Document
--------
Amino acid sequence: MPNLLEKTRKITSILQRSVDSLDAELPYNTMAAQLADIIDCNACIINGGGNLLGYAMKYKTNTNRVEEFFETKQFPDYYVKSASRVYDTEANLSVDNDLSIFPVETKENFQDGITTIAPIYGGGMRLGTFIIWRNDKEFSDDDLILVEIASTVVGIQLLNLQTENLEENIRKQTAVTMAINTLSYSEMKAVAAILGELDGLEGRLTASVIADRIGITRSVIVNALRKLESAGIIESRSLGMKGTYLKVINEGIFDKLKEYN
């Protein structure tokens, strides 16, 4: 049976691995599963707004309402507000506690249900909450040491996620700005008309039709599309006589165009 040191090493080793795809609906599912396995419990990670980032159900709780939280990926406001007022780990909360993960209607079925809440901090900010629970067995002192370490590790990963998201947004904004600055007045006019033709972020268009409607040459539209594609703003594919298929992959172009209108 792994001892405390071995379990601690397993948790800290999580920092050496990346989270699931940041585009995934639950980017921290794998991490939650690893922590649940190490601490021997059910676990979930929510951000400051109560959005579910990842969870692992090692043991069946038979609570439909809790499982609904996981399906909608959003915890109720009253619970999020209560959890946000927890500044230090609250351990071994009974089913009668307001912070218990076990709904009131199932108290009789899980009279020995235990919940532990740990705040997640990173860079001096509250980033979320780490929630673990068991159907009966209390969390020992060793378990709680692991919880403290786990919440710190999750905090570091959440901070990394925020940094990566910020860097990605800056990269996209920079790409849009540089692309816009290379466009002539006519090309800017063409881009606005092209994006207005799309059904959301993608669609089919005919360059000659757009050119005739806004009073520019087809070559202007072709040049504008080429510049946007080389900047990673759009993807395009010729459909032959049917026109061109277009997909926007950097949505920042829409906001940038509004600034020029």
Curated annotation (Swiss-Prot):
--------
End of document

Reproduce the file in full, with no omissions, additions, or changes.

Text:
Amino acid sequence: MPNLLEKTRKITSILQRSVDSLDAELPYNTMAAQLADIIDCNACIINGGGNLLGYAMKYKTNTNRVEEFFETKQFPDYYVKSASRVYDTEANLSVDNDLSIFPVETKENFQDGITTIAPIYGGGMRLGTFIIWRNDKEFSDDDLILVEIASTVVGIQLLNLQTENLEENIRKQTAVTMAINTLSYSEMKAVAAILGELDGLEGRLTASVIADRIGITRSVIVNALRKLESAGIIESRSLGMKGTYLKVINEGIFDKLKEYN
């Protein structure tokens, strides 16, 4: 049976691995599963707004309402507000506690249900909450040491996620700005008309039709599309006589165009 040191090493080793795809609906599912396995419990990670980032159900709780939280990926406001007022780990909360993960209607079925809440901090900010629970067995002192370490590790990963998201947004904004600055007045006019033709972020268009409607040459539209594609703003594919298929992959172009209108 792994001892405390071995379990601690397993948790800290999580920092050496990346989270699931940041585009995934639950980017921290794998991490939650690893922590649940190490601490021997059910676990979930929510951000400051109560959005579910990842969870692992090692043991069946038979609570439909809790499982609904996981399906909608959003915890109720009253619970999020209560959890946000927890500044230090609250351990071994009974089913009668307001912070218990076990709904009131199932108290009789899980009279020995235990919940532990740990705040997640990173860079001096509250980033979320780490929630673990068991159907009966209390969390020992060793378990709680692991919880403290786990919440710190999750905090570091959440901070990394925020940094990566910020860097990605800056990269996209920079790409849009540089692309816009290379466009002539006519090309800017063409881009606005092209994006207005799309059904959301993608669609089919005919360059000659757009050119005739806004009073520019087809070559202007072709040049504008080429510049946007080389900047990673759009993807395009010729459909032959049917026109061109277009997909926007950097949505920042829409906001940038509004600034020029």
Curated annotation (Swiss-Prot):